Body Diverse Casting Across the Board

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Main characters are important, but that's not all there is to building a realistic world in a TV show or film. Body diversity should also be prevalent in the backgrounds of scenes. It may seem insignificant to have fat people as extras even when the leads are thin, but this shows a comprehensive commitment to the movement.

In addition, casting diversely in all roles makes a project feel much more authentic. Imagine about a series that takes place in a high school or college. Perhaps you’re thinking of 13 Reasons Why, Riverdale or Grown-ish. If most extras on the show are thin — which happens to be the case a majority of the time for these shows — younger viewers may be led to believe that an overwhelming majority of students are straight-sized in real life, which is statistically false. Casting diverse body types both as lead characters and extras reflects the world we live in and the people we are and know.

Fat Characters In Weight-Less Storylines

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The role doesn't have to have been written for a plus-size person for a larger actor to be cast. In fact, casting actors of diverse body types in roles that have nothing to do with weight pushes the needle of representation forward.

The Disney Channel has done this successfully, long before Shrill or Dumplin' came to screens. Who could forget Galleria (Raven-Symoné) in The Cheetah Girls or Martha Cox (KayCee Stroh) from High School Musical? Both are plus-size women whose storylines did not revolve around weight, and their successes and interests were not qualified by size. Galleria arguably held The Cheetah Girls together as songwriter and lead singer, and Martha was head cheerleader and a dancer for East High’s musicals.

In the channel’s Freaky Friday remake of 2018, two plus-size dancers are featured frequently throughout the film, and there's also a plus-size secondary character. Though it's not the main theme of the film, a body positive message is communicated towards the end of the movie that reminds the secondary character that his body is beautiful.

Leah (played by Autumn Walker), a minor character in the recent Netflix romantic comedy The Perfect Date, is plus-size. Though she is only on screen for a brief period of time, her size is irrelevant to her story, and the other characters don't remark upon it at all. She gets a similar happy romantic ending to many other teens in the film, as well.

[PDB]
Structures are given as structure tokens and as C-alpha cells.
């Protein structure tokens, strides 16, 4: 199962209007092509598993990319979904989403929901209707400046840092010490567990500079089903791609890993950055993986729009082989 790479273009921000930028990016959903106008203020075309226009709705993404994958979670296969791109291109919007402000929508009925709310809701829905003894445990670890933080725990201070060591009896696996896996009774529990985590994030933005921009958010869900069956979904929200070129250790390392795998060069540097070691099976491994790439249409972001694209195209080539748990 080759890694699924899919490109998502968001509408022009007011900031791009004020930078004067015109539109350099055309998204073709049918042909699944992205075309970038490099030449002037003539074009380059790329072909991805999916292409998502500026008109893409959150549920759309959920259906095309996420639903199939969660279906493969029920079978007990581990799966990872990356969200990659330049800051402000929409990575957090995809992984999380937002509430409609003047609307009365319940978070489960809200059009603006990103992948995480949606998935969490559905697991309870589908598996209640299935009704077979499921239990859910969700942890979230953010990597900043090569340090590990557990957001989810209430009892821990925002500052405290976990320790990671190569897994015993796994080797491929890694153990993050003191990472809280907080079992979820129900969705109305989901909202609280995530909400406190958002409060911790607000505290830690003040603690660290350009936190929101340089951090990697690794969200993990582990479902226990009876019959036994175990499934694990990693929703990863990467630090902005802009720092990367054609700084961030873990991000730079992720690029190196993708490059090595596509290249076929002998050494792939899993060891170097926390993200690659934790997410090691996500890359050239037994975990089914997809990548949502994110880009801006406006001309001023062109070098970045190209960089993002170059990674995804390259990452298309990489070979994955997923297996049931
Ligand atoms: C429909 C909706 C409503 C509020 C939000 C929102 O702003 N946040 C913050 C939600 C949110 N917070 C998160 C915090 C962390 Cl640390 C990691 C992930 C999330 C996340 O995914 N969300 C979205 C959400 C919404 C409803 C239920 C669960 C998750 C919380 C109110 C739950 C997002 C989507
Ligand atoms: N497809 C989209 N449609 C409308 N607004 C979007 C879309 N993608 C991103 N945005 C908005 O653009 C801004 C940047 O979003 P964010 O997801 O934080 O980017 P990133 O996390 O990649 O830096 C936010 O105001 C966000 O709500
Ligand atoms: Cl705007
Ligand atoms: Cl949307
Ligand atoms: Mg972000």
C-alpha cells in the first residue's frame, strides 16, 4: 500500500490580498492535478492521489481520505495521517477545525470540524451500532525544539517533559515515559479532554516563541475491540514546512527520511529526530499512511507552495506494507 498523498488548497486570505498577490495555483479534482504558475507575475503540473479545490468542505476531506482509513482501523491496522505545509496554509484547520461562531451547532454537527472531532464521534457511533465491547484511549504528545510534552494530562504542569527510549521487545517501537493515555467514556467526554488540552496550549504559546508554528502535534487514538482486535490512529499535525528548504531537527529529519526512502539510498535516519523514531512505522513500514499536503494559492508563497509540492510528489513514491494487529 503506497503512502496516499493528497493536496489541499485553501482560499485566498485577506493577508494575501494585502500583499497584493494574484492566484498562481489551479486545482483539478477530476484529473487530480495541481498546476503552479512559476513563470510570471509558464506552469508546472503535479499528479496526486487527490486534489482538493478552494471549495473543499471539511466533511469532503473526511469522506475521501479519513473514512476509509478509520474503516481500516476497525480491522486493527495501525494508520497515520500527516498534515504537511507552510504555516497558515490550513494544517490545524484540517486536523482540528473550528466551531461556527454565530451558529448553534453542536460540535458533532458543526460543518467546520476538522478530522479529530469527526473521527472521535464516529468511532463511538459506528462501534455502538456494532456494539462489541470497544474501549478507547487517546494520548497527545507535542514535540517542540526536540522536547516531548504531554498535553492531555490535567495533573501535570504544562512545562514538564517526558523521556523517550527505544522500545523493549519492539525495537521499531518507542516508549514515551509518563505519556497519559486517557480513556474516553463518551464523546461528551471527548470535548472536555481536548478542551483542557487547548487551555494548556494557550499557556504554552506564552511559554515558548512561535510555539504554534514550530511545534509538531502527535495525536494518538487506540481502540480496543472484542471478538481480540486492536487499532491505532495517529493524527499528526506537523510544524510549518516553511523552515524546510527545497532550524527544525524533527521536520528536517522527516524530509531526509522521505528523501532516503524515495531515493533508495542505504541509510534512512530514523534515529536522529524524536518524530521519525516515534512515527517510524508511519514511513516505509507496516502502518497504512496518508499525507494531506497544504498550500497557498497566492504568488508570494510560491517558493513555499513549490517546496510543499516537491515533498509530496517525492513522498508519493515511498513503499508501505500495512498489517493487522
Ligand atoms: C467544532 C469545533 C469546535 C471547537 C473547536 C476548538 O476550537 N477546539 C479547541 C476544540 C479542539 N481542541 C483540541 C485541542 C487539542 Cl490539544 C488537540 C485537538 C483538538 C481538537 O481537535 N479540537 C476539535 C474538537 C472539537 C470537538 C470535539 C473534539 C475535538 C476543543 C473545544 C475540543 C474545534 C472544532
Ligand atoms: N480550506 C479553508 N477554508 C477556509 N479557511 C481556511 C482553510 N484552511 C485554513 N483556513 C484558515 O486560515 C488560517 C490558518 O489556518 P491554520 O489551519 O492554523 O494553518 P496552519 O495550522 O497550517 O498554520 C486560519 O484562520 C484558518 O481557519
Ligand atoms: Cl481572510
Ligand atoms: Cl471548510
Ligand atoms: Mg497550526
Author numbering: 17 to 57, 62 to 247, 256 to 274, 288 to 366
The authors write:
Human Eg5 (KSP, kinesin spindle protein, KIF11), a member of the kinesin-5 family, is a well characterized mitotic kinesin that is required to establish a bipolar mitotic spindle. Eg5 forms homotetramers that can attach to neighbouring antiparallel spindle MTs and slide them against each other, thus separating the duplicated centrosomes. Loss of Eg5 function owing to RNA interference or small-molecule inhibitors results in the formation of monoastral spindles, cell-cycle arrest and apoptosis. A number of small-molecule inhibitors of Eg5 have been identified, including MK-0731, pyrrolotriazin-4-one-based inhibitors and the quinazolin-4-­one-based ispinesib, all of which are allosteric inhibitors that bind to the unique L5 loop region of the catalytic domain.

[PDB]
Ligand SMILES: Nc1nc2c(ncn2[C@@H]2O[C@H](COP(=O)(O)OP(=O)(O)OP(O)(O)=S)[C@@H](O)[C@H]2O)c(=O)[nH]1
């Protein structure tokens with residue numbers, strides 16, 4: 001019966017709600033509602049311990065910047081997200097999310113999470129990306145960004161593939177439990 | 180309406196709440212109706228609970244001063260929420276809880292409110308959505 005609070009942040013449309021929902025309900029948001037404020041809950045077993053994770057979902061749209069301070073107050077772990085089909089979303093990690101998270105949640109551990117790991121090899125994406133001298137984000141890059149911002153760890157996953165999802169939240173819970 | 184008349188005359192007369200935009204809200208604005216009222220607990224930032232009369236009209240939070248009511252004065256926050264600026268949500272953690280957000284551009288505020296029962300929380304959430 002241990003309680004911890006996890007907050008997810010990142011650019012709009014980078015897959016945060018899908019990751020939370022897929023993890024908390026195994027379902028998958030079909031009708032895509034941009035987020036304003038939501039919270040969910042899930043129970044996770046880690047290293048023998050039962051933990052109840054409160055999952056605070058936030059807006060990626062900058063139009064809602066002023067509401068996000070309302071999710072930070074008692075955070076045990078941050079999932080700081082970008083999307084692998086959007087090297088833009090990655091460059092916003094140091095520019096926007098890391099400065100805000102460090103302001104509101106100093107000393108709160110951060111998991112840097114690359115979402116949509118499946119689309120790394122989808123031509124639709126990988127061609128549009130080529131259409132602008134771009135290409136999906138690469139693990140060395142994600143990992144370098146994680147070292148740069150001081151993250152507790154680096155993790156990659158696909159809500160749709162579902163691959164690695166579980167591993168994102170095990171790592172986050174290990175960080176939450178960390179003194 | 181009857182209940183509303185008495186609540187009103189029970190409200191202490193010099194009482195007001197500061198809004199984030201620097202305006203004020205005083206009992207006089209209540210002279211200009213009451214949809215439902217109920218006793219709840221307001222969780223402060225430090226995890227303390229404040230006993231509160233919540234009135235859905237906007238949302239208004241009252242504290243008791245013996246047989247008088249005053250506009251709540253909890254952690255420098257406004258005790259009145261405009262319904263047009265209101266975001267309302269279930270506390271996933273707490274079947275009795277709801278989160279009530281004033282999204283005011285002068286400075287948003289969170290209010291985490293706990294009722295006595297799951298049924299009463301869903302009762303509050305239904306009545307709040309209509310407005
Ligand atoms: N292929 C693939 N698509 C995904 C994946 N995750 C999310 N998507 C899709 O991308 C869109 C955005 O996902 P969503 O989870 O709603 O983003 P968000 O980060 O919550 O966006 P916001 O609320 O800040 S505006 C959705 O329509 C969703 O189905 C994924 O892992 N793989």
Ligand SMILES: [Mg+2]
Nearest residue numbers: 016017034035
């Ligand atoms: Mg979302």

So while it's important to share stories about the experience of being fat, that experience is not singular or narrow.

Not Elevating Fatphobic Voices

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The impact of body positive content can be cut down when fatphobic content is just adjacent to it. Netflix may have given us Dumplin’, but the service also renewed Insatiable for a second season after immense backlash from the plus-size community. To Bustle, fat activists claimed that Insatiable equates being fat to being "ugly" and "worthless" and that it "[perpetuates] the stereotype that your life doesn't actually begin until you lose weight."

Fatphobia is not like politics. There are not two sides to show and explore. Any content creator or network aiming to be body positive would only create stories that represent fat people in a truthful, sensitive way and do not belittle fat people, even in banter or asides.

No network is perfect. There's media that can reasonably be both praised and criticized. But with time — we can hope, at least — should come progress. And when attention is paid to body positivity and diversity — in aspects both large and small — change is possible.